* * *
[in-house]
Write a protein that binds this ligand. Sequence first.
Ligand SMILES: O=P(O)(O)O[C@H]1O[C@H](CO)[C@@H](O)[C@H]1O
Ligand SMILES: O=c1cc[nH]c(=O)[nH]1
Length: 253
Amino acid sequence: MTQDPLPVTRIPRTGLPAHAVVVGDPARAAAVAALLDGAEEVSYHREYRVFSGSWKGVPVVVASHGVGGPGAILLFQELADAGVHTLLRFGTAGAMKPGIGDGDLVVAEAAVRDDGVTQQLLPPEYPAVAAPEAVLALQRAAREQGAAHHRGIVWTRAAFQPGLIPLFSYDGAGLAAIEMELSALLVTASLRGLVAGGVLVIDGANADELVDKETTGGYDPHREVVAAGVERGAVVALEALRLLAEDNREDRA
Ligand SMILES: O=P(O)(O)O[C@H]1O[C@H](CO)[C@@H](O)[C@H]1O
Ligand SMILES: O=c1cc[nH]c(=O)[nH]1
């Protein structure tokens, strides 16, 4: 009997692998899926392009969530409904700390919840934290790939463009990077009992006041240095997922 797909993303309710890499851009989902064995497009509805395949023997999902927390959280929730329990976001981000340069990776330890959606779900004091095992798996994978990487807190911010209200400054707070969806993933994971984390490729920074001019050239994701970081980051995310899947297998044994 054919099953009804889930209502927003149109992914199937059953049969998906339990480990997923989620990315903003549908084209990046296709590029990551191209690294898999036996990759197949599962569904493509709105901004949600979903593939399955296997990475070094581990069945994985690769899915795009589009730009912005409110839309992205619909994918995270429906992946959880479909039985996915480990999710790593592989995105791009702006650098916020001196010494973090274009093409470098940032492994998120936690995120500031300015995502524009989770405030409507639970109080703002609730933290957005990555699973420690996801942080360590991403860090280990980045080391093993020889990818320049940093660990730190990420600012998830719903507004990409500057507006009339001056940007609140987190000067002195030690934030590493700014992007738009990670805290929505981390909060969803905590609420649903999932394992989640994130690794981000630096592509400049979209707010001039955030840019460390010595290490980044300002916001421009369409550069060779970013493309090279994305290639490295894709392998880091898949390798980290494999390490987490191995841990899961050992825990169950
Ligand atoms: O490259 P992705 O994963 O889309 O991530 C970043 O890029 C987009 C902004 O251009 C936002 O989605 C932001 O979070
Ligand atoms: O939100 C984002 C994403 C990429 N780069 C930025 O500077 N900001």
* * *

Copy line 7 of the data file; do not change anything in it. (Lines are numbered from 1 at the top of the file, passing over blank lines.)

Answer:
Ligand SMILES: O=P(O)(O)O[C@H]1O[C@H](CO)[C@@H](O)[C@H]1O